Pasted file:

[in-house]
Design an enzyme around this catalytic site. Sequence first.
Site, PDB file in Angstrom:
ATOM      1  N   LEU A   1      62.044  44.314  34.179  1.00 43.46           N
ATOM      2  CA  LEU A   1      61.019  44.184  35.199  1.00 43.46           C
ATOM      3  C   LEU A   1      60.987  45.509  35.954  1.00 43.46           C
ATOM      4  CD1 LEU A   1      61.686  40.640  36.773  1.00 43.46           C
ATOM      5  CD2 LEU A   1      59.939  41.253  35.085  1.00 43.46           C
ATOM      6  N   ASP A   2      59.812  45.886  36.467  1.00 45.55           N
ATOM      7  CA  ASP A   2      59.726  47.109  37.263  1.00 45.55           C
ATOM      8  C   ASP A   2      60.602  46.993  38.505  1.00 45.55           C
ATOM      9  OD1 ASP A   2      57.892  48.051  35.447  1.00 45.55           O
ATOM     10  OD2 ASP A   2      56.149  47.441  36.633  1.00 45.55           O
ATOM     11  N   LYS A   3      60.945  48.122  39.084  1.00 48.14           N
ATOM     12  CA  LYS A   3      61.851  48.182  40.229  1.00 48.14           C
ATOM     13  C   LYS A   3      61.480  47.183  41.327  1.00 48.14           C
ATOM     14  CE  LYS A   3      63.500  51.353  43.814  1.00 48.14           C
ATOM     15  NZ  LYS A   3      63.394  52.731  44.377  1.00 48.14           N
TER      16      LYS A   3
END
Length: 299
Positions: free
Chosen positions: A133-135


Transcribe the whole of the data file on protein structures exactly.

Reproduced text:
[in-house]
Design an enzyme around this catalytic site. Sequence first.
Site, PDB file in Angstrom:
ATOM      1  N   LEU A   1      62.044  44.314  34.179  1.00 43.46           N
ATOM      2  CA  LEU A   1      61.019  44.184  35.199  1.00 43.46           C
ATOM      3  C   LEU A   1      60.987  45.509  35.954  1.00 43.46           C
ATOM      4  CD1 LEU A   1      61.686  40.640  36.773  1.00 43.46           C
ATOM      5  CD2 LEU A   1      59.939  41.253  35.085  1.00 43.46           C
ATOM      6  N   ASP A   2      59.812  45.886  36.467  1.00 45.55           N
ATOM      7  CA  ASP A   2      59.726  47.109  37.263  1.00 45.55           C
ATOM      8  C   ASP A   2      60.602  46.993  38.505  1.00 45.55           C
ATOM      9  OD1 ASP A   2      57.892  48.051  35.447  1.00 45.55           O
ATOM     10  OD2 ASP A   2      56.149  47.441  36.633  1.00 45.55           O
ATOM     11  N   LYS A   3      60.945  48.122  39.084  1.00 48.14           N
ATOM     12  CA  LYS A   3      61.851  48.182  40.229  1.00 48.14           C
ATOM     13  C   LYS A   3      61.480  47.183  41.327  1.00 48.14           C
ATOM     14  CE  LYS A   3      63.500  51.353  43.814  1.00 48.14           C
ATOM     15  NZ  LYS A   3      63.394  52.731  44.377  1.00 48.14           N
TER      16      LYS A   3
END
Length: 299
Positions: free
Chosen positions: A133-135